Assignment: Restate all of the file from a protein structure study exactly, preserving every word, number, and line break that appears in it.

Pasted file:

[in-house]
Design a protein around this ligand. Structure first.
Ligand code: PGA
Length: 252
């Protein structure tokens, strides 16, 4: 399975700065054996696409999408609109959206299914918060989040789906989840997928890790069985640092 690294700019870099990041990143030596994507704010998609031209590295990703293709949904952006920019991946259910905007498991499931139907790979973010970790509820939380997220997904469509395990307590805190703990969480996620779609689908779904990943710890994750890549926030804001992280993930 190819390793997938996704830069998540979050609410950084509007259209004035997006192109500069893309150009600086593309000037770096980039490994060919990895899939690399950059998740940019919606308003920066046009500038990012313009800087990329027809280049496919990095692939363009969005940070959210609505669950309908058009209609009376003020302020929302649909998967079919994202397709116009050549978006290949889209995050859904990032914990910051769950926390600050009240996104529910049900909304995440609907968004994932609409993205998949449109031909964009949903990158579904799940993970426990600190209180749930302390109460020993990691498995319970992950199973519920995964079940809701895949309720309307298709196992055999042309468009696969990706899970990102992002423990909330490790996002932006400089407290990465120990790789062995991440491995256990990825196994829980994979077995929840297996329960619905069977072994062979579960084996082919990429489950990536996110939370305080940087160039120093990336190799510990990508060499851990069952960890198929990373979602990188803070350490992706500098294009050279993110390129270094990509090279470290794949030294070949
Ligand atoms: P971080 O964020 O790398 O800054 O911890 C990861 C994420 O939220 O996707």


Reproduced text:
[in-house]
Design a protein around this ligand. Structure first.
Ligand code: PGA
Length: 252
């Protein structure tokens, strides 16, 4: 399975700065054996696409999408609109959206299914918060989040789906989840997928890790069985640092 690294700019870099990041990143030596994507704010998609031209590295990703293709949904952006920019991946259910905007498991499931139907790979973010970790509820939380997220997904469509395990307590805190703990969480996620779609689908779904990943710890994750890549926030804001992280993930 190819390793997938996704830069998540979050609410950084509007259209004035997006192109500069893309150009600086593309000037770096980039490994060919990895899939690399950059998740940019919606308003920066046009500038990012313009800087990329027809280049496919990095692939363009969005940070959210609505669950309908058009209609009376003020302020929302649909998967079919994202397709116009050549978006290949889209995050859904990032914990910051769950926390600050009240996104529910049900909304995440609907968004994932609409993205998949449109031909964009949903990158579904799940993970426990600190209180749930302390109460020993990691498995319970992950199973519920995964079940809701895949309720309307298709196992055999042309468009696969990706899970990102992002423990909330490790996002932006400089407290990465120990790789062995991440491995256990990825196994829980994979077995929840297996329960619905069977072994062979579960084996082919990429489950990536996110939370305080940087160039120093990336190799510990990508060499851990069952960890198929990373979602990188803070350490992706500098294009050279993110390129270094990509090279470290794949030294070949
Ligand atoms: P971080 O964020 O790398 O800054 O911890 C990861 C994420 O939220 O996707």